HOLSTEIN, Iowa | The late John G. “Bud” Ehler got a 22-gun salute from his buddies with the Dessel-Schmidt American Legion Post 225 on Saturday following his funeral service at St. Paul Evangelical Lutheran Church in Holstein.
Twenty-two? It was supposed to be the standard 21-gun variety, but one gun discharged accidentally as Gerald Pallesen played Taps inside the church.
Call it an exclamation point for Ehler, past commander of this Legion unit and an integral figure in Holstein since World War II.
“John would enjoy a 22-gun salute,” a Legion member said to a round of laughs and nods.
It was the first military salute I’d seen in a church parking lot.
“It happens about once every other year,” said Nicklas Jensen of Jensen Funeral Homes.
The family preferred a private burial later Saturday at Holstein Cemetery. So, military rites played out at the church.
The funeral service, for me, at least, featured a couple of other firsts. Each of Ehler’s five children received a folded U.S. flag in honor of Ehler, 91, a medic for the U.S. Army’s 53rd Medical Battalion who drove an ambulance on the beach at Normandy in the D-Day invasion on June 6, 1944.
“As close as we can tell, he drove up on the beach between 8 and 10 a.m. that day,” his son, David Ehler said. “And he drove all across Europe.”
Ehler, a mechanic possessing an eighth-grade education, was credited with saving lives in his three and a half years overseas in World War II, thanks to a bracket system he devised that allowed stretchers to be locked across the front and back of a jeep. It allowed more soldiers to be carried from battle in a quicker fashion.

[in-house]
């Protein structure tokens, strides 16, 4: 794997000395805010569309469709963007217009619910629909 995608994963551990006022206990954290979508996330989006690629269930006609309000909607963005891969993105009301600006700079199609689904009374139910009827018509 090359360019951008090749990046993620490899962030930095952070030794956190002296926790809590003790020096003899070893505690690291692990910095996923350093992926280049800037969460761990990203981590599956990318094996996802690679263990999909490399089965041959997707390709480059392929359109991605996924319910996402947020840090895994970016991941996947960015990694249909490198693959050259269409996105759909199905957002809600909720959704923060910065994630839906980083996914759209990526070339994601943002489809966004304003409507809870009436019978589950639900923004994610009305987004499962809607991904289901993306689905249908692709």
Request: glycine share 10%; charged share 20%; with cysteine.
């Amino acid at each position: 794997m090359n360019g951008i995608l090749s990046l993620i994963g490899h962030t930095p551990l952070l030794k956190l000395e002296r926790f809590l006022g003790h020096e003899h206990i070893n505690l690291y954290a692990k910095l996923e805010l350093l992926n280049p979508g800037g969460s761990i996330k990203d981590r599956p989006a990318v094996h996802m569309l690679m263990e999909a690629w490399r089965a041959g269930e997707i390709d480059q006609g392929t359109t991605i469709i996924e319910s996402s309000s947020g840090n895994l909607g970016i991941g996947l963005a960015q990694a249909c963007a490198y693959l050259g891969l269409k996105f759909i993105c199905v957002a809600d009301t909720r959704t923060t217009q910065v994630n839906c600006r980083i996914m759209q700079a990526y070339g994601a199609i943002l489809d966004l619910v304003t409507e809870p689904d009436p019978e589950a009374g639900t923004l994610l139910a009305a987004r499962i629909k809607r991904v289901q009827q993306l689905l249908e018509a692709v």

U.S. Army Major Gen. John C.H. Lee presented Ehler a letter of commendation for his casualty-carrier attachment, saying the handiwork increased the efficiency of medical service in the field.
Ehler said the letter was nice; the salute from Gen. Lee was better, highlight of his military career.
“I’m sure my brackets helped save lives,” Ehler told me prior to a Memorial Day parade at Holstein three years ago.
Ehler returned to Ida Grove, Iowa, following the war and wed Doris Mae Hermecke of Holstein in 1946. They raised five children and contributed mightily to their community, via their church, the American Legion and, especially, through Holstein Hose Co. No. 1, the volunteer fire department Ehler served for 30 years, many of which were spent as chief. Son Dan Ehler is the current chief in Holstein, closing out his own 40-year volunteer career with the department.
And that represented another funeral first for me. Ehler’s family members donned fire department dress uniforms for the funeral. All told, the family has 165 years of service logged for units in Holstein and nearby Arthur, Iowa.
A Holstein ambulance unit and a fire and rescue truck parked at the church served as a most appropriate backdrop for those veterans delivering that 22-gun salute.
David Ehler said his father often derided his own ability, constantly saying he was a jack-of-all-trades, but a master of none.
“That’s not true,” David Ehler said to 201 family and friends present. “There was one thing he was a master at; and that was being a father.”